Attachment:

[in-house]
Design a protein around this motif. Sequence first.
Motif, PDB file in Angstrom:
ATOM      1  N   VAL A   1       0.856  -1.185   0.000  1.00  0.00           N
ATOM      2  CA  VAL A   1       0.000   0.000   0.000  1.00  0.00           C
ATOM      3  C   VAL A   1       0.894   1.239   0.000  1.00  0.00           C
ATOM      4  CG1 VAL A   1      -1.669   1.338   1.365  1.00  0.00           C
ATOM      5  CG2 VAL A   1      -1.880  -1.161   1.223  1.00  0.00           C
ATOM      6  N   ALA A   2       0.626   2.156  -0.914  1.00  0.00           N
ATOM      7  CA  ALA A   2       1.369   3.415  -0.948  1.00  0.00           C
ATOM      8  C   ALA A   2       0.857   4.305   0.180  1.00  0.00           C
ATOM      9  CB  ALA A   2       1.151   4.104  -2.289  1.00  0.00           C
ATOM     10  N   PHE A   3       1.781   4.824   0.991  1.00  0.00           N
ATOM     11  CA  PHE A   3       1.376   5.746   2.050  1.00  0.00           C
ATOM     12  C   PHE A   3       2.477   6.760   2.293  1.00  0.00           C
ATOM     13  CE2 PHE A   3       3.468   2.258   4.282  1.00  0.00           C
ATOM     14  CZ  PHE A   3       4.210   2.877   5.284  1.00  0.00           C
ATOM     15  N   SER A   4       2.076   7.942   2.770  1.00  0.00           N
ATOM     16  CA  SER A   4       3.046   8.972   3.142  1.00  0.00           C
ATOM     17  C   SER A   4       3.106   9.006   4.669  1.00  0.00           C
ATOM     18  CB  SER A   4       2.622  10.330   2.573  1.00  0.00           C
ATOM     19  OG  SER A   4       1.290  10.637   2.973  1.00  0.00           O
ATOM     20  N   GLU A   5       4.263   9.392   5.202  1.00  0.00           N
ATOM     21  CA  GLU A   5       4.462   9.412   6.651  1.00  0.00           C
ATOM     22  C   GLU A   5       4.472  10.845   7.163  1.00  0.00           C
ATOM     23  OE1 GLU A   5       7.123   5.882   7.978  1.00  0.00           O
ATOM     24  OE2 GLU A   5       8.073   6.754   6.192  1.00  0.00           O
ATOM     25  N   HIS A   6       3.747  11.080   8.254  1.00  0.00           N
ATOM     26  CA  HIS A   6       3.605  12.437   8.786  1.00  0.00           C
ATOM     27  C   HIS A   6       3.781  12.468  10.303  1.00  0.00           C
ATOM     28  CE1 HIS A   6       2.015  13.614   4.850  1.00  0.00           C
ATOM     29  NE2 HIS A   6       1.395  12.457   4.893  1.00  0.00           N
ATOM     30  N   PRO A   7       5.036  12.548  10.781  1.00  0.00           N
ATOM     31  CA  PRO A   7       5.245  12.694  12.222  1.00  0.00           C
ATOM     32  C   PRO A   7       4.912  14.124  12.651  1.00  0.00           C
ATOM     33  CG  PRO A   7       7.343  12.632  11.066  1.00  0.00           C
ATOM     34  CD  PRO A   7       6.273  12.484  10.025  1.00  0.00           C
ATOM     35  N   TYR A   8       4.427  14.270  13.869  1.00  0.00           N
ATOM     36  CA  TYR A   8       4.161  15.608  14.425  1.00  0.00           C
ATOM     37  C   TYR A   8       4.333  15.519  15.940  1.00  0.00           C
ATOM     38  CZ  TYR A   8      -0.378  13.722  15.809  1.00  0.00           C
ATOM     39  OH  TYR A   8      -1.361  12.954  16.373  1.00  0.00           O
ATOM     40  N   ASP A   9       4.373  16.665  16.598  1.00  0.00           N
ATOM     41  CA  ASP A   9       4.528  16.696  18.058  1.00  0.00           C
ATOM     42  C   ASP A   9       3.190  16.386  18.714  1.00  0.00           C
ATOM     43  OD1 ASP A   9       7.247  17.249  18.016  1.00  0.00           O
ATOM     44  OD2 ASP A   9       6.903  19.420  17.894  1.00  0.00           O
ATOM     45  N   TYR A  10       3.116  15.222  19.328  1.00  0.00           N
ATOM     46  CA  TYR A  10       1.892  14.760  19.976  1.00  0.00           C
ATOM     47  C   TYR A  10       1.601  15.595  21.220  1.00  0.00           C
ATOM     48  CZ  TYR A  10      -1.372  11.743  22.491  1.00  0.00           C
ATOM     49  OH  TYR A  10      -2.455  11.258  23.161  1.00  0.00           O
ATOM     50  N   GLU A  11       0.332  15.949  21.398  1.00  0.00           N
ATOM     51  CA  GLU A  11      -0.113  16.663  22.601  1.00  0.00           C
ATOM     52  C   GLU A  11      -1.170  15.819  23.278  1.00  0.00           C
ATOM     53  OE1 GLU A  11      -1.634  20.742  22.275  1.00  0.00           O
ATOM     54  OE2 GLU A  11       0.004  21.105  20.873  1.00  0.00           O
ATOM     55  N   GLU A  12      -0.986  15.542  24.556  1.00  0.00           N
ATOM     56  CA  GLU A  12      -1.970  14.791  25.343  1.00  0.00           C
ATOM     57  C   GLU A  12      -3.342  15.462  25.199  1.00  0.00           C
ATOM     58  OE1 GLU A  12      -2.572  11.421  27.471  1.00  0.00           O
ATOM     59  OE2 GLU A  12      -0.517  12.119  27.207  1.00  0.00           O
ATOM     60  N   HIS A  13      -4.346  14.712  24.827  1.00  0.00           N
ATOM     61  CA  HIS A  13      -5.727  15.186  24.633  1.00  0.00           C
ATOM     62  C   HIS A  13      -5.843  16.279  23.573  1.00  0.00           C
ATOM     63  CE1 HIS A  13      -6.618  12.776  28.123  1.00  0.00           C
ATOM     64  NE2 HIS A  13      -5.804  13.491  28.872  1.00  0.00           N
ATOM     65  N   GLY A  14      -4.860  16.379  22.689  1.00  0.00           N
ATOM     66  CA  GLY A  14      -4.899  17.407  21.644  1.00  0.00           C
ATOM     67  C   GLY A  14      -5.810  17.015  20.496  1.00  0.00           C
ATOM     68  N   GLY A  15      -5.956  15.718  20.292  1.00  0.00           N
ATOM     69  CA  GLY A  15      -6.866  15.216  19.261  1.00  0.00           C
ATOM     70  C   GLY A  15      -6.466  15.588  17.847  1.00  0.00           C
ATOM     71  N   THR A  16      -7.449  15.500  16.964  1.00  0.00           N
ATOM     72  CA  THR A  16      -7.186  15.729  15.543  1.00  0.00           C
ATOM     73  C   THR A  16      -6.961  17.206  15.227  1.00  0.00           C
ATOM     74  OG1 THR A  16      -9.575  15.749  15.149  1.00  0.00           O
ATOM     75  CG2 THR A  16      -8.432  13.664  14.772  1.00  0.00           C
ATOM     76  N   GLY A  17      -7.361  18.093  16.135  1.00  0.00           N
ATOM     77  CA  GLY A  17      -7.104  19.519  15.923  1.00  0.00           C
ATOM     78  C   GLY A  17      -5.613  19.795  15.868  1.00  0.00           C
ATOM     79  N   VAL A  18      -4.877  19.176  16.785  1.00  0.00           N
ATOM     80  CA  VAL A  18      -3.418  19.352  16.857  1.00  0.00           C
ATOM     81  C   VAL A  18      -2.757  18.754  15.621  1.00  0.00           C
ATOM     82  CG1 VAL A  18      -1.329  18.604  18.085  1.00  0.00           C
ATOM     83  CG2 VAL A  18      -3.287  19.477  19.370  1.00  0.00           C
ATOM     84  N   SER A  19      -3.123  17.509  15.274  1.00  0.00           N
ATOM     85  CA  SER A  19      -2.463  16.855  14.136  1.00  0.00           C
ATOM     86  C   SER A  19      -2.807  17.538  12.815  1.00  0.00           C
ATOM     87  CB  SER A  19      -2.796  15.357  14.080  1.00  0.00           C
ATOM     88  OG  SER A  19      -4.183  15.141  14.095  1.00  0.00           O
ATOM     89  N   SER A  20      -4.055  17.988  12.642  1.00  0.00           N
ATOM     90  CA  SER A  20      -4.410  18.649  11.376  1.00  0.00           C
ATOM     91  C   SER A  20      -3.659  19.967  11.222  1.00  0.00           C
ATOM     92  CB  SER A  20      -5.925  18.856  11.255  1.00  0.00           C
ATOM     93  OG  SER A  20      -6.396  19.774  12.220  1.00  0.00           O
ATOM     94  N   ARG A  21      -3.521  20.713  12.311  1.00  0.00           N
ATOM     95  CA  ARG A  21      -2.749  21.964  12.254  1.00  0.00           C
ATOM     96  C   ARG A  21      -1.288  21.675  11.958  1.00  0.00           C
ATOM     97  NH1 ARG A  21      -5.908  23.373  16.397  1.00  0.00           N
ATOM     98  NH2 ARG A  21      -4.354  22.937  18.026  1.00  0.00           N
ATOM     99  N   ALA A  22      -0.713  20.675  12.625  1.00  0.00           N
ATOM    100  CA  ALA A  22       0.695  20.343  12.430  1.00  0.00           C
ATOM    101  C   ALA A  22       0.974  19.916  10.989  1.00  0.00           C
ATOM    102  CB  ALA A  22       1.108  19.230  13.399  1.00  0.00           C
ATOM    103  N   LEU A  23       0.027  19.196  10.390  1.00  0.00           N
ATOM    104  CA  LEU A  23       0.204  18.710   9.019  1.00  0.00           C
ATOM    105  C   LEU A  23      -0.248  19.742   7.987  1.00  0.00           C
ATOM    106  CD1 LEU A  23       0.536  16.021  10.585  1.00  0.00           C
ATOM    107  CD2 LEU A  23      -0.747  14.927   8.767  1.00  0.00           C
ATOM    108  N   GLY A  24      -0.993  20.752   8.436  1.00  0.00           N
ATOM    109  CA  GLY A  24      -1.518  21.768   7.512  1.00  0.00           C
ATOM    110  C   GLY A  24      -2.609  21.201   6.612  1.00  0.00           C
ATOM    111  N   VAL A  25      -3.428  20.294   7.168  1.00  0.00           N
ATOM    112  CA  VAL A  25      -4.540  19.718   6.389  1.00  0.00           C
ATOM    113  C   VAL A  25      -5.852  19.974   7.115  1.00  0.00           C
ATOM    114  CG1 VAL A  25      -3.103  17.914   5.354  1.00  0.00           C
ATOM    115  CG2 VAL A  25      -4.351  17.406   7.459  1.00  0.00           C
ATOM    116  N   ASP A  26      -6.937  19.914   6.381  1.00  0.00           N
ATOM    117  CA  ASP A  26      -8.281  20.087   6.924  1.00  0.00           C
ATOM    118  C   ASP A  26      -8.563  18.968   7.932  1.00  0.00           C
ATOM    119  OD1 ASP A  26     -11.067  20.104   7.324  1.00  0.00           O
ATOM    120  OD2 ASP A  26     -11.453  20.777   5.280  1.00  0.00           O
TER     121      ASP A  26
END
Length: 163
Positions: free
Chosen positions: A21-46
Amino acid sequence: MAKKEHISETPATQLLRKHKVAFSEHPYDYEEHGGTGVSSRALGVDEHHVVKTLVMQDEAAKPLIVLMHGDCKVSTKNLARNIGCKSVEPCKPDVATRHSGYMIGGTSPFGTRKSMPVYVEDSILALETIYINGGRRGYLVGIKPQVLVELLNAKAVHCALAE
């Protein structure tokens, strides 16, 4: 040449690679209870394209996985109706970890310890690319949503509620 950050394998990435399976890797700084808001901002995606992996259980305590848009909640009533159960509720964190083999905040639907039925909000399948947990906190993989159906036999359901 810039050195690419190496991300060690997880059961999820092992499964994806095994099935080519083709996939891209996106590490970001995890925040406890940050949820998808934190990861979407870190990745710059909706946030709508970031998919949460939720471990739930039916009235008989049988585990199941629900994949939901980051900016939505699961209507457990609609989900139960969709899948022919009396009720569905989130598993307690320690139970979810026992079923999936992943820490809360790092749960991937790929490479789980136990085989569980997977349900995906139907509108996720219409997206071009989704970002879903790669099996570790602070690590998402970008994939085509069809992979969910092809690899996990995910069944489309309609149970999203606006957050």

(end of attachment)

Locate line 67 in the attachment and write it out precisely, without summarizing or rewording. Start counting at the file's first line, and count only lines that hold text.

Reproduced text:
ATOM     64  NE2 HIS A  13      -5.804  13.491  28.872  1.00  0.00           N